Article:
My in-laws Jen (Chu-Jen) and Ben (Yi-Ben) Tsai moved to the US over 50 years ago to earn advanced degrees. They know my history and my mom but also have interesting life stories of their own to share, including the struggles and dangers of growing up in rural Taiwan and being the first in their immediate families to move to the US.
After a nine-year fight with lymphoma, my father-in-law died on January 31st, 2018. With deep respect and appreciation for my in-laws, I share this conversation I recorded in their dining room in July 2017.
Ben Tsai died of lymphoma. If you’d like to contribute to lymphoma research, please send a check to:
Stanford Cancer Center Clinic “C”
Attention: Dr. Ranjana Advani
875 Blake Wilbur Dr.
Palo Alto, CA 94305
We heard about flooding and earthquakes in Taiwan. By one measure, Taiwan leads the world in being at risk from natural disasters, with 73% of its population at risk of three or more types of natural disasters -- more than any other country. See Table 1.1 on page 4 of the World Bank article “Natural Disaster Hotspots: A Global Risk Analysis”, 2005.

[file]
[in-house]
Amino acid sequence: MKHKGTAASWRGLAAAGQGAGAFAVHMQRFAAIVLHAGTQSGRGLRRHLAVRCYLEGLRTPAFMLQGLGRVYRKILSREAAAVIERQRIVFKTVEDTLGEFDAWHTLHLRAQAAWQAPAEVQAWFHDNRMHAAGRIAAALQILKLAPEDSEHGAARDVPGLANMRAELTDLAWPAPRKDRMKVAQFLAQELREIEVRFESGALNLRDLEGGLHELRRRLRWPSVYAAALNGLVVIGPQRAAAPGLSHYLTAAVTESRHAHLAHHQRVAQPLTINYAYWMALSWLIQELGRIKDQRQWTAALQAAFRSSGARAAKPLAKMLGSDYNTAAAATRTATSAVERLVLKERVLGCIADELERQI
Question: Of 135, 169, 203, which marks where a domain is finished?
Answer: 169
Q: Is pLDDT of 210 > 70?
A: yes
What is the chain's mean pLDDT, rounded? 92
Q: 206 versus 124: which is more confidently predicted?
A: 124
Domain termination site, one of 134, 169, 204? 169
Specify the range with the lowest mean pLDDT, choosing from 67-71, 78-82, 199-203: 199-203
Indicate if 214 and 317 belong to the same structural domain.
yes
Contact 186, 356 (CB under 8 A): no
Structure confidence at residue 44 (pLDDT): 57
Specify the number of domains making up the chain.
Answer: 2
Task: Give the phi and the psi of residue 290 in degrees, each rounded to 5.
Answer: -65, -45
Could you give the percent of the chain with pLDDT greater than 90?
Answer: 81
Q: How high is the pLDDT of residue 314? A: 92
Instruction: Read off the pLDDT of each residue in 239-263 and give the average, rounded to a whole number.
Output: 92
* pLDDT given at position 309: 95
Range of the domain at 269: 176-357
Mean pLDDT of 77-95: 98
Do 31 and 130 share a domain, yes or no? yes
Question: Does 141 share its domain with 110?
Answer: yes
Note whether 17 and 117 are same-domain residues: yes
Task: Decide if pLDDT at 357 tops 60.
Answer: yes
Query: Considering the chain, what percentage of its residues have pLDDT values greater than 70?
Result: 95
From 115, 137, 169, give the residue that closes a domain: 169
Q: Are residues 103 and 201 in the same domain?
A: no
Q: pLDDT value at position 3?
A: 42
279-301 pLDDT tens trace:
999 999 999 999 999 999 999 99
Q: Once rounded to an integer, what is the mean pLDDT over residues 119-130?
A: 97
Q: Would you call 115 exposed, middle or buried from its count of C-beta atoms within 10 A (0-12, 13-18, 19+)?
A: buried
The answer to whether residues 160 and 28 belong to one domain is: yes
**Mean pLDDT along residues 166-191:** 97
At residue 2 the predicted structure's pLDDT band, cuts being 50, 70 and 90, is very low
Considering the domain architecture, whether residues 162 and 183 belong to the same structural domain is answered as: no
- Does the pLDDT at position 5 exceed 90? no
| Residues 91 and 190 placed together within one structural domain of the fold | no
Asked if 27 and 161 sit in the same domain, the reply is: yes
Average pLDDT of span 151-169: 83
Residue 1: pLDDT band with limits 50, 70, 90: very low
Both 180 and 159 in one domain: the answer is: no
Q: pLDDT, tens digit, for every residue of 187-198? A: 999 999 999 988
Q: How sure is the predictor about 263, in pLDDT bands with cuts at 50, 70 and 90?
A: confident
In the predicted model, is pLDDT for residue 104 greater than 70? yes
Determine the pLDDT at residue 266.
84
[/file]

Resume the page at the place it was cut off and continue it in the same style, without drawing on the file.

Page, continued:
My father-in-law helped instrument Taiwan with hundreds of seismic sensors. That network of sensors was completed in 1996, allowing Taiwan to collect a significant amount of data when the tragic Chi-Chi earthquake struck in 1999. The earthquake measured 7.6 on the Richter scale and, according to a FEMA article, “As a result, at least 2,400 people were killed, 8,700 were injured, 600,000 people were left homeless, and about 82,000 housing units were damaged by the earthquake and large aftershocks. Damage was estimated at US$14 billion according to this FEMA article on natural disasters in Taiwan.
Here's an early report after the Chi-Chi 1999 earthquake, including a summary of the seismic instrumentation program my father-in-law helped implement.